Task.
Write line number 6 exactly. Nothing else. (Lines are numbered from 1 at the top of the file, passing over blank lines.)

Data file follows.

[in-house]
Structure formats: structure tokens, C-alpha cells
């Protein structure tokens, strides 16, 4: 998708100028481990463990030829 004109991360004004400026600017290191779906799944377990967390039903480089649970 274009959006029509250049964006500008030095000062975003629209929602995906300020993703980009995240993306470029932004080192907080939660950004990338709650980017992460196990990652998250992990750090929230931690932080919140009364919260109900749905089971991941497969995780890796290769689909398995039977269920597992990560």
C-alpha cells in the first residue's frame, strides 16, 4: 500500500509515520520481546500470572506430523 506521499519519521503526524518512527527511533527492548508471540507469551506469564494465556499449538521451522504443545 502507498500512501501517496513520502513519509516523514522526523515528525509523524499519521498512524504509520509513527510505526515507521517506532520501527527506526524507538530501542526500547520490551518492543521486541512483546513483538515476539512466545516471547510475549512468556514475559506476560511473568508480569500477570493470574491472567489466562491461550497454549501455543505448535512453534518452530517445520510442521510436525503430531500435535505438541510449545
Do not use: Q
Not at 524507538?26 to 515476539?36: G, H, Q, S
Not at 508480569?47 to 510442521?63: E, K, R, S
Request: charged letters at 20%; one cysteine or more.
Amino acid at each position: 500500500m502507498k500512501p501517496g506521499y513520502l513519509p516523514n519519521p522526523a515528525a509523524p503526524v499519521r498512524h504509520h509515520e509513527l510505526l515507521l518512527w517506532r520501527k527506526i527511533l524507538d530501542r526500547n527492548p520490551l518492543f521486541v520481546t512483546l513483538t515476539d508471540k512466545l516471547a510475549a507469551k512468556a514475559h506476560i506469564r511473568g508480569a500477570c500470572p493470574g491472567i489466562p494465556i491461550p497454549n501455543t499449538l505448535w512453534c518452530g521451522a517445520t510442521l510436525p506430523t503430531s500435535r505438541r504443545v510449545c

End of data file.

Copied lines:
Not at 524507538?26 to 515476539?36: G, H, Q, S